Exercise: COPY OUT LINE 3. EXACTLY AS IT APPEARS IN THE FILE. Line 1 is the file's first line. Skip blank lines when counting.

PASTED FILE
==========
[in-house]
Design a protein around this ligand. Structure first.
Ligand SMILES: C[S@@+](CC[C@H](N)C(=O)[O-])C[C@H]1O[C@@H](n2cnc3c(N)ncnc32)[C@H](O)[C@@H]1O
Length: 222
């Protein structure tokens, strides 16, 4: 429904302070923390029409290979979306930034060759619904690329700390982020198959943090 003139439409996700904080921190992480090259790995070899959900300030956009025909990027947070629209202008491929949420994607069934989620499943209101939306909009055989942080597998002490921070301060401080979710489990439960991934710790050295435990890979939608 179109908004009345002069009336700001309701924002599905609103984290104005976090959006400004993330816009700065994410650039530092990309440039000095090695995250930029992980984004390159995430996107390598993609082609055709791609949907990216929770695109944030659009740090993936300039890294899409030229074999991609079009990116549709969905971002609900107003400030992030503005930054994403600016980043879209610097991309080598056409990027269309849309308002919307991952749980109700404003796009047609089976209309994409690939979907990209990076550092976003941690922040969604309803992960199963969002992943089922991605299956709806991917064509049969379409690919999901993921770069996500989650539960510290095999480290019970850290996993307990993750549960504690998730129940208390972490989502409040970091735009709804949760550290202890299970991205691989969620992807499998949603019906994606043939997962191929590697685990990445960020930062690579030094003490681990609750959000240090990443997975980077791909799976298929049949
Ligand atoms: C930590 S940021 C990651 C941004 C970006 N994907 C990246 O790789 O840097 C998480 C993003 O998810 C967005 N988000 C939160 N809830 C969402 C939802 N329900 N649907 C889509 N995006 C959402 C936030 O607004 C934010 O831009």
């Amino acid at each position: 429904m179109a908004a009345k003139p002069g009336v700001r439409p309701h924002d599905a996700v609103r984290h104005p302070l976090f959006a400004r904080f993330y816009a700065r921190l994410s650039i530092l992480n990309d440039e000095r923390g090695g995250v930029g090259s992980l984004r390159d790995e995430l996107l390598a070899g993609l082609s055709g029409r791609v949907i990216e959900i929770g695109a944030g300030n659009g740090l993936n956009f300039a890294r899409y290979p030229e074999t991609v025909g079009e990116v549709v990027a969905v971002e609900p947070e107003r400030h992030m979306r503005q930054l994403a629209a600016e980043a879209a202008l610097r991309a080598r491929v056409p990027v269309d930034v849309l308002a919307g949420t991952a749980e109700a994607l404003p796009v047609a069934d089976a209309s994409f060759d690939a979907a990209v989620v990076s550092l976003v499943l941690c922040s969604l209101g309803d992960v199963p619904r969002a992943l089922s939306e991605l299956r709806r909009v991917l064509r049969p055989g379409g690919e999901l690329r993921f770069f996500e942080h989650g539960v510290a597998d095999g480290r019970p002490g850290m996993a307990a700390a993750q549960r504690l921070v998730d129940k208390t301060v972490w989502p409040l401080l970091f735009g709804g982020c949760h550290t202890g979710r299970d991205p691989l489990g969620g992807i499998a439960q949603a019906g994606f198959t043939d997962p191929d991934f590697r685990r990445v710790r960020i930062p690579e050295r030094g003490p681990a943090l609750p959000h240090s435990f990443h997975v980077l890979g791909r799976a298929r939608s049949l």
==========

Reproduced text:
Ligand SMILES: C[S@@+](CC[C@H](N)C(=O)[O-])C[C@H]1O[C@@H](n2cnc3c(N)ncnc32)[C@H](O)[C@@H]1O